Most Singaporeans, no matter how poor they are, prefer to pass on their homes to their children rather than sell it back to the government [5] which is why the take up rate for Lease Buyback is so low. So for most people, the appropriate retirement fund is the cash component of the minimum sum which is less than half the minimum sum.

[1] Straits Times, 6 Mar 2012, “Tharman gives assurance on CPF retirement savings”

DEPUTY Prime Minister Tharman Shanmugaratnam yesterday reassured MPs concerned about whether people have enough retirement savings, citing figures to show the Central Provident Fund (CPF) system meets the basic retirement needs of low to lower-middle income Singaporeans.

But two-thirds of those aged 65 and above receive family support and do not need to tap these schemes. As for younger CPF members in the lower half by income, most will have enough cash in their CPF accounts for a retirement income comparable to the average in Organisation for Economic Cooperation and Development countries.

On concerns that younger workers would not meet the rising Minimum Sum, Mr Tharman said the percentage of active CPF members who do rose from 36 per cent in 2007 to 45 per cent last year.

About 70 to 80 per cent of those starting work today should attain the current Minimum Sum level in cash by the time they retire, even after withdrawals for a home. Younger low-wage workers would also get ‘major boosts’ to their retirement savings through Workfare Income Supplement payouts and various housing grants. ‘So our CPF system with current contribution rates is broadly appropriate for most of the younger generation of Singaporeans,’ he said.

[2] Replacement ratios for OECD countries obtained from OECD’s “Pensions at a Glance 2011”, Page 119, “Gross pension replacement rates by earnings”. Replacement ratios for Asia Pacific economies obtained from OECD’s “Pensions at a Glance Asia Pacific 2011”, Page 31, “Gross replacement rates by earnings”.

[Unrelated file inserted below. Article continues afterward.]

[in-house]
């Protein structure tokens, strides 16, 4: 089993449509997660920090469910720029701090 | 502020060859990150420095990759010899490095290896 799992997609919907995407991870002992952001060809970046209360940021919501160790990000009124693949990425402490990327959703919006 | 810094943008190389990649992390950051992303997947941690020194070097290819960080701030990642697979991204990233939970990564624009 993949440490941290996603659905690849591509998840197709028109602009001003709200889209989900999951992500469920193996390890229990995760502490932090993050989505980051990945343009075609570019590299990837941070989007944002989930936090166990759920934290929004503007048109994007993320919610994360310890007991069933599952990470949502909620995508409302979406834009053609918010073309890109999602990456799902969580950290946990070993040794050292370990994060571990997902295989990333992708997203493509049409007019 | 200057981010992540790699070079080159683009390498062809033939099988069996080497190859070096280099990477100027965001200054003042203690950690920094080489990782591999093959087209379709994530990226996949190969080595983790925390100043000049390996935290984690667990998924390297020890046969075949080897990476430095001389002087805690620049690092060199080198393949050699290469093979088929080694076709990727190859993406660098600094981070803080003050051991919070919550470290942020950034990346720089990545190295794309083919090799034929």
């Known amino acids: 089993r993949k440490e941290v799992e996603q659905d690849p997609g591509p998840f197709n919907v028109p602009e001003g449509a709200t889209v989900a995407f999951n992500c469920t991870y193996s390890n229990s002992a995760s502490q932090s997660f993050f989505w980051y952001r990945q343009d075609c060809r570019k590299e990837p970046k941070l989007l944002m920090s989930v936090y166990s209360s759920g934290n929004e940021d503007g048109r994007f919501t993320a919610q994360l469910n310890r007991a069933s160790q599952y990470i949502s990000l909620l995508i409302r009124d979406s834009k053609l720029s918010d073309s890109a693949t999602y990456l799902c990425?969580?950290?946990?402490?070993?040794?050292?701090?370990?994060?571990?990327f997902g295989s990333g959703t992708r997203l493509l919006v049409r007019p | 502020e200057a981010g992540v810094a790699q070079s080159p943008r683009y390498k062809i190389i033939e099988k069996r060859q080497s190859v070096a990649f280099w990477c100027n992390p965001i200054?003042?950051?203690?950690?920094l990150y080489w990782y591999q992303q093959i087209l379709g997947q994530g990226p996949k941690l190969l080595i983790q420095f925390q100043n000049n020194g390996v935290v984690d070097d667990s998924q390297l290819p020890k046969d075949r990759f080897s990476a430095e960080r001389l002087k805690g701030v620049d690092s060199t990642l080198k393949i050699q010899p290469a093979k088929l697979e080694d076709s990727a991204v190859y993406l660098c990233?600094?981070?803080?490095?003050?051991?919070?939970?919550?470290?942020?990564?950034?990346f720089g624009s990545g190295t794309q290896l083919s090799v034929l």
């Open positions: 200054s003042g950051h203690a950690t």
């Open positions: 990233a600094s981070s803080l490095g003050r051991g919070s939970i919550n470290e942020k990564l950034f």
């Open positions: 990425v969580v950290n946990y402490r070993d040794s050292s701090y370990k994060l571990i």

[3] Average earnings for OECD countries obtained from OECD’s “Pensions at a Glance 2011”, Page 169, “Average earnings and points of the earnings distribution, 2008”. Average earnings for Asia Pacific economies obtained from OECD’s “Pensions at a Glance Asia Pacific 2011”, Page 24, “Average annual earnings”.

[4] CPF, Feb 2011, CPF Trends Minimum Sum Scheme, http://mycpf.cpf.gov.sg/NR/rdonlyres/957F7D54-B236-45EA-89FE-29890B6E0AB9/0/CPFTrendsMinimumSum_Feb2011.pdf

This downward trend was reversed in 2009. This could be due mainly to the changes in the withdrawal rule. Between 1 January 2009 and 31 December 2009, members who reached the age of 55 could only withdraw 40% (previously 50%) of their Special and Ordinary Account balances, as well as any balance after setting aside the CPF Minimum Sum and the Medisave Required Amount. The withdrawal percentage was further reduced to 30% in 2010. The increase in the employers’ CPF contribution rate in 2007 might also have contributed towards the increase in proportion of members meeting the required MS at age 55.

[5] Straits Times, 9 Mar 2012, “He earns $850 and owns a two-room flat”

He (Mr Mohammad Charlie Jasni) hopes to pass the flat – or a bigger one should they ever upgrade – to his children.